favour of  the husband is after this dated.  B Social leaves
petition No. 1290 of 1986 filled by respondent was dismissed
on 8.5.1986.

     We come  to the  next stage  of proceedings  under  the
Guardian and  wards Act,  and eye 13 of the Hindu Minority &
Guardianship Act, 1890) filed by the appellant for permanent
guardianship of  the person/property  of her  son and  other
reliefs.   The Court  appointed her  as permanent  &  Lawful
guardian of  the person/property  of the child or 20.8.1986.
This was  an exparte  order in favour of the appellant-wife.
The application  filed by  respondent for  setting aside the
same was  dismissed on 23.1.1987 by the trial court.  Appeal
No. 1313  of 1987 to the High Court filed by the respondent-
husband was dismissed on 23.11.1987 observing;
     We have  heard Mr.  Ganesh learned
     counsel appearing on behalf of the
     appellant t length and we find that
     there is no merit whatsoever in the
     appeal.   From what has been stated
     hereinabove it  is very  clear that
     the appellant  is fighting with the
     Respondent for  over several years.
     The  conduct   of  the   appellant
     clearly indicates that he is a much
     married man and he had entered into
     marriage  with  the  Respondent  by
     suppressing the  fact of  the first
     marriage with  a  girl  at  Nagpur.
     The   earlier   judgment of   the
     Division  Bench   of   this   court
     clearly indicates    that    the
     appellant   had   treated    the
     Respondent  with  cruelty and  the
     Respondent was  required  to  leave
     the  matrimonial house  with  the
     child  under   great   stress   and
     compulsion.   The conduct  of  the
     appellant does not indicate that he
     is interested in the welfare of the
     child  but   the  anxiety  of  the
     appellant seems to  be to  seek
     custody of  the child only a with a
     view   to   avoid    payment    of
     maintenance for the child.
     Apart from the merits of the claim,
     we must  bear in mind that whatever
     may be,  the disputes  between  the
     parties the  Court has  to consider
     in  the   proceedings   under   the
     Guardianship Act  as to  what is in
     the interest  of the  minor  child.
     The minor child has  remained with
     the mother for last over four years
     and in our judgment it would not be
     in interest  of  the  minor  to  be
     snatched away  from the  mother and
     the order of  the  learned  Single
     Judge  appointing  the  mother  as
     guardian  could   not  be  faulted
     with.

     Once again,  the respondent  filed appeal in this Court
in C.A.  No. 1289/90. This  was dismissed  on  10.10.1990.
This Court,  however, while  dismissing the  appeal, made an
observation:
     We make  it  clear  that we  have
     decided  the   case  only  on  the
     grounds which  we have  set earlier
     and we  decline to  express ay view
     on the  legal merits  of the decree
     or  on   merits  of   the disputes
     between   the   parties   concerned
     except to the extent that there was
     no good cause for setting aside the
     exparte decree.   I  the  appellant
     has any  other remedy  open in  law
     against  the  exparte  decree  this
     judgment will not preclude him from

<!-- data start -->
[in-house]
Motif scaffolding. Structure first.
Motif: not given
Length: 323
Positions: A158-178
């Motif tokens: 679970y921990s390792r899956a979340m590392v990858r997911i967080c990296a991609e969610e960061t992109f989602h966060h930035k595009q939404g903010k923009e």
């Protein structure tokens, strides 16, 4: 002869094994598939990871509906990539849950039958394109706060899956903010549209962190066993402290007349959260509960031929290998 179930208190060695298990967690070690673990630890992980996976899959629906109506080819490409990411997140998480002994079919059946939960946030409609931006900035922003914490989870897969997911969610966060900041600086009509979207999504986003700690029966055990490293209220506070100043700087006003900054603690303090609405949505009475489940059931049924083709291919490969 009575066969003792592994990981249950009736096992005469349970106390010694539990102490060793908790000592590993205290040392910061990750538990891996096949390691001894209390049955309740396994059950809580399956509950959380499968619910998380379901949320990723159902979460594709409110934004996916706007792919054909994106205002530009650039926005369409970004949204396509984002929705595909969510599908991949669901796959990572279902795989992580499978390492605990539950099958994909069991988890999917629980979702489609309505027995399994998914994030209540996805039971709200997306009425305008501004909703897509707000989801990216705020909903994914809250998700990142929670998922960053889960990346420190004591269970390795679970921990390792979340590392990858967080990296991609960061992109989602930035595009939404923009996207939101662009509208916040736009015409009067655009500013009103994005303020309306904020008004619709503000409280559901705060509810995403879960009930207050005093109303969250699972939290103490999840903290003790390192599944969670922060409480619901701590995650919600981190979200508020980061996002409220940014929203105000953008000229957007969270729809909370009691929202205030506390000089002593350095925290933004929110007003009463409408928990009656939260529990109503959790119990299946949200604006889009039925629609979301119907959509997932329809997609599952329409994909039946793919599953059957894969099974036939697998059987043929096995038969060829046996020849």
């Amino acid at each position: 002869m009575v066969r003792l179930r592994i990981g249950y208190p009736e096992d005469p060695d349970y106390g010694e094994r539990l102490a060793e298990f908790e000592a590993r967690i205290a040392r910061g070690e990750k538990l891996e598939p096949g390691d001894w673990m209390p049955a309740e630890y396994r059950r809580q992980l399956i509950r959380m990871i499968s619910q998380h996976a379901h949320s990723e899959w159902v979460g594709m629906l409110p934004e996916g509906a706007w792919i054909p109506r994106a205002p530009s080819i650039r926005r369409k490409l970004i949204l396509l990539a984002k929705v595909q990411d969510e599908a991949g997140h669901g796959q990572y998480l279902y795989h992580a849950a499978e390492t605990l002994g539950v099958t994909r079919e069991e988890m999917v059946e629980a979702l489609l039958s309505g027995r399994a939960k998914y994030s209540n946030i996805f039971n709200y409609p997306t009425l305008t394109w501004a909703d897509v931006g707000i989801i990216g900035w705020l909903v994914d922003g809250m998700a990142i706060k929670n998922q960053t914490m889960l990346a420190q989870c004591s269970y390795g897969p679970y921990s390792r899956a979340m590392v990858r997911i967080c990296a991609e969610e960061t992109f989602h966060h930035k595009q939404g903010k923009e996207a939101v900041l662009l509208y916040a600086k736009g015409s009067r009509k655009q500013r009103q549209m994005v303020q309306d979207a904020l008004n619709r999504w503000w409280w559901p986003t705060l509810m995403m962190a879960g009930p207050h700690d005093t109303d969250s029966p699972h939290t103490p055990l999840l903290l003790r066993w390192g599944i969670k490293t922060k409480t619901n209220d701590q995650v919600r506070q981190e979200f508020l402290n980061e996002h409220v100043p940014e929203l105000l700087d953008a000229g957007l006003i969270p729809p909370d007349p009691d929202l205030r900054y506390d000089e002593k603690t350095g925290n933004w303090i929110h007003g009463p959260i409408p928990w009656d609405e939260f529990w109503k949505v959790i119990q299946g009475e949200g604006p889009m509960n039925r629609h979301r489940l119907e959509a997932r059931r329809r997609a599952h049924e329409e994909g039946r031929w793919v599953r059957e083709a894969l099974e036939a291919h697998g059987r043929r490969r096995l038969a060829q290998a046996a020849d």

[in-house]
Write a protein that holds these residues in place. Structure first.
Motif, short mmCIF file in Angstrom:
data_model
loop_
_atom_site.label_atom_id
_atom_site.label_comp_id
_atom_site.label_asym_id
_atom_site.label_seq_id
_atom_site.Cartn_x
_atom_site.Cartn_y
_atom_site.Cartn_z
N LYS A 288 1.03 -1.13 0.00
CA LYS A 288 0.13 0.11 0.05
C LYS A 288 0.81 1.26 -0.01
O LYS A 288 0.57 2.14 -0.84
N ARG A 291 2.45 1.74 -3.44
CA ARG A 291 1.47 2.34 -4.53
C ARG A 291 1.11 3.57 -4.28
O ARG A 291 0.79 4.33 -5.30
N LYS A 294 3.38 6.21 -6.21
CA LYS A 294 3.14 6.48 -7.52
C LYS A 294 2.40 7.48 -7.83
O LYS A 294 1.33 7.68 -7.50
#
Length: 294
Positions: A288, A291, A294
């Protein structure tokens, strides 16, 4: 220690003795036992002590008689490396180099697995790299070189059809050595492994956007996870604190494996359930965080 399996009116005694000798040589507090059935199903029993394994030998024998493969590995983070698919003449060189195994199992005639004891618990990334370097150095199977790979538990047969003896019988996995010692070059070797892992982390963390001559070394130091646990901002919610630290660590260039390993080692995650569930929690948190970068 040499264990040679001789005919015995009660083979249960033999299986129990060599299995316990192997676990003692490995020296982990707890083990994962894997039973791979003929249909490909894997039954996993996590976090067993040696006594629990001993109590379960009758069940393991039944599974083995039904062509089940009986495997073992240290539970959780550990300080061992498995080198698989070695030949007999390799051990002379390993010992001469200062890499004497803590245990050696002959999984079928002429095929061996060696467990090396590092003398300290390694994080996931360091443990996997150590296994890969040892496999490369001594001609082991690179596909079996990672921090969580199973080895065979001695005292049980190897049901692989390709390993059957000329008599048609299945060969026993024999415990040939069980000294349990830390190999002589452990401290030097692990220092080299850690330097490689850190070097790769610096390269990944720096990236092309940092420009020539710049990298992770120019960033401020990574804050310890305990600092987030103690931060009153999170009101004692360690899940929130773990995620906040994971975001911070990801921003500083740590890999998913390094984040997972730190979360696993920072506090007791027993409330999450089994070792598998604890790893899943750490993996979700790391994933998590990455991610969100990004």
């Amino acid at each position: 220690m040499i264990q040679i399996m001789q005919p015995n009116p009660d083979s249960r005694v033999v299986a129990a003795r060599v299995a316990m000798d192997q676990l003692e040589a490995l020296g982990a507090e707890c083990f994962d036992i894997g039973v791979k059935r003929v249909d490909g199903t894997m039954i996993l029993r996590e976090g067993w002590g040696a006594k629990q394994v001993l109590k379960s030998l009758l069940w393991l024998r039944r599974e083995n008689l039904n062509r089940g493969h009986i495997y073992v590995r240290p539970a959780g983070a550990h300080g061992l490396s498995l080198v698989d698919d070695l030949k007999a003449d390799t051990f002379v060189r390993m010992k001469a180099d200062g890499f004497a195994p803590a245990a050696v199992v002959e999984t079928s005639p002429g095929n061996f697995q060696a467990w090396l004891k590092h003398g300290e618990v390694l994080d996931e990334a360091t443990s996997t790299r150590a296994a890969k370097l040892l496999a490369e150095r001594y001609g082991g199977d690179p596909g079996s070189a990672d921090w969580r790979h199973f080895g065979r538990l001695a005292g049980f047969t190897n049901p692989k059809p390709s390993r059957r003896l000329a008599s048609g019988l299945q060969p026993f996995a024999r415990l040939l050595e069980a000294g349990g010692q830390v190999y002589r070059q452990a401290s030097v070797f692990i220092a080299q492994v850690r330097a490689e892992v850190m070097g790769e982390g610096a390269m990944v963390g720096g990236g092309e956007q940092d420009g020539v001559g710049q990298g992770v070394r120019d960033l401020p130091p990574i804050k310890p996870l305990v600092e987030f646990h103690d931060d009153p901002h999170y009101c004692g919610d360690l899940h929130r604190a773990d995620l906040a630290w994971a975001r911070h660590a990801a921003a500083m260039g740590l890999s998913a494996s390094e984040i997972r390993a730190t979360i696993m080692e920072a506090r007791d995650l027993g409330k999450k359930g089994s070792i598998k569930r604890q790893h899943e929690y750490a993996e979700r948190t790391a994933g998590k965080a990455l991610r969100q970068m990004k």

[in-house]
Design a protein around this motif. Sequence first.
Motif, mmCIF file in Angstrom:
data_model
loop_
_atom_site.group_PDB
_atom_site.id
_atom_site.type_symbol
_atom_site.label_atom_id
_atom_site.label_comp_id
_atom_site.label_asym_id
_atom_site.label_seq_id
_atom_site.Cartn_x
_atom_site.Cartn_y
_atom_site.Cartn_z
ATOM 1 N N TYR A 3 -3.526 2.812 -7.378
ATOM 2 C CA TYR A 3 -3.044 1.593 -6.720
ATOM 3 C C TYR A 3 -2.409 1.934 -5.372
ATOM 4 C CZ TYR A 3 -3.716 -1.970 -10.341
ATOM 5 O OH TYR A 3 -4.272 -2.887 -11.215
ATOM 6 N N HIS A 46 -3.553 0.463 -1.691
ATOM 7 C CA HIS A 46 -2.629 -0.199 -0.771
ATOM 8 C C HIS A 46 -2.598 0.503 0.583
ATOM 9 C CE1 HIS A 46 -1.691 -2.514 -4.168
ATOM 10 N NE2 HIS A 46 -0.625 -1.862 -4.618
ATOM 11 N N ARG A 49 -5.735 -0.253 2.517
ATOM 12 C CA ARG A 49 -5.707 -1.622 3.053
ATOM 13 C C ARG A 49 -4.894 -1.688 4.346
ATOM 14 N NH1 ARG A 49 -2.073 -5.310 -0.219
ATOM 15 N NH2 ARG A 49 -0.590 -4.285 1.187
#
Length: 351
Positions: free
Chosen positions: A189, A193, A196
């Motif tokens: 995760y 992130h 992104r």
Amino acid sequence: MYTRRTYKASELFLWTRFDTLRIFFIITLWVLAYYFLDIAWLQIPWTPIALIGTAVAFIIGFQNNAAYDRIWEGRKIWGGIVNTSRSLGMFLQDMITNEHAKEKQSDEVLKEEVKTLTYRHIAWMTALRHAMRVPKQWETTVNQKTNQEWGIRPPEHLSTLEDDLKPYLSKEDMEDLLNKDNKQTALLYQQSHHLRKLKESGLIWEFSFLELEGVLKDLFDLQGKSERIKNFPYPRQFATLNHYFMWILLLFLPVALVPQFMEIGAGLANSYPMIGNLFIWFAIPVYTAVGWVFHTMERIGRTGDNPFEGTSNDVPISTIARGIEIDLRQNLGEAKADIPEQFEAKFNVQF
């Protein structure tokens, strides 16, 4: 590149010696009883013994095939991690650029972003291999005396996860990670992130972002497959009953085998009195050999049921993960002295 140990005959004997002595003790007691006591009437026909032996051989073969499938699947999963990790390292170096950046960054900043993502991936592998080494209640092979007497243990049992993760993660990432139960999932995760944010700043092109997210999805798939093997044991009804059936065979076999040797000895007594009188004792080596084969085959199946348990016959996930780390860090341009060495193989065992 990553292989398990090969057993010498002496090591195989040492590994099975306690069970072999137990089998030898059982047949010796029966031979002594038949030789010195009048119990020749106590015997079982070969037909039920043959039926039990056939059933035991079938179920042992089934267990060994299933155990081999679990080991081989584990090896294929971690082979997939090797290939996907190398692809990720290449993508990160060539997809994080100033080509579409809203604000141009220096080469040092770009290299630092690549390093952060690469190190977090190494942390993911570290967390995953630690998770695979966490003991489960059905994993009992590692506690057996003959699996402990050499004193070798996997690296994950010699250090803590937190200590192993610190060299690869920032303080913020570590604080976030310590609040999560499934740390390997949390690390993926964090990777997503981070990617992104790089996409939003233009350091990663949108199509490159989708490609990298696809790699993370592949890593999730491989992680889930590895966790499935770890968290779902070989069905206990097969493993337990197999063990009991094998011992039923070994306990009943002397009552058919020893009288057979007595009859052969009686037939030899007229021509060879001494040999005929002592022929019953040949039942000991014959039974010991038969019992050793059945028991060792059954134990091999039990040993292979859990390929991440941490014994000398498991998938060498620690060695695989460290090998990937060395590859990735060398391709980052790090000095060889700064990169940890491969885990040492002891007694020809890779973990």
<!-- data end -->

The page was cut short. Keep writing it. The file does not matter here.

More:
pursuing such remedy.

     Taking  advantage  of  the   said   observation,  the
respondent filed  Case No.D9  of 1993  in the  Family Court,
Bombay afresh  for custody  of child.  That  petition  was
clubbed with  M.J. Petition No. 985 of 1985 filed earlier by
the appellant  in the City Civil Court regarding declaration
that her  marriage was void, which  was transferred  to the
Family Court.  The Family  Court passed an order dt. 1.12.95
allowing  the respondents  application  D9  of  1993  and
granting him  custody of  the child  to the  respondent  and
dismissed appellants  M.J.Petition No.985  of 1985 filed to
declare her marriage with respondent as null & void.

     The appellant preferred appeal to the High Court. Stay
was granted.   It appears, during the hearing of the appeal,
the respondent was given custody of the child for 4 days but
on the first day  the boy  ran away from the respondent and
was traced, and then all the parties met at a police station
and the  custody of  the boy was given to the respondent for
three days.  The boy  was later  taken by  respondent to his
village called Baddlapur in  Maharashtra  for those  three
days. The  appellants appeals were listed after vacation in
the first  week for  9th June.   It  is  the  case  of  the
appellant that the case  was not  listed on  9th.   it  was
listed on  10th June,  1997, and  she had no notice and when
the Advocate  requested the court for time, the case was not
adjourned but  was only passed over till 2.245 p.m. and then
at 2.45  p.m. it  was dismissed  for non-prosecution.  The
application o. 3411 of  1997 to  set  aside  the  same  was
dismissed on  4.7.97. It was also held  i the  order  dt,
4.7.97 that  the appellant-mother  had no case on merits for
retaining custody of the child.

     Aggrieved by  the order  dismissing  the appeals  for
default and  the refusal  to restore the same, and aggrieved
by the findings given on merits  of  the  application  for
custody and  aggrieved by the dismissal of the appeal in the
case for  declaring the  marriage as  null &  void – without
giving any  reasons, – these two  Civil appeals  have been
preferred by the appellant.

     We have  heard arguments  on the merits of the petition
filed for  custody of  the child.   So far  as  the  appeal
relating to declaration of the marriage as null & void filed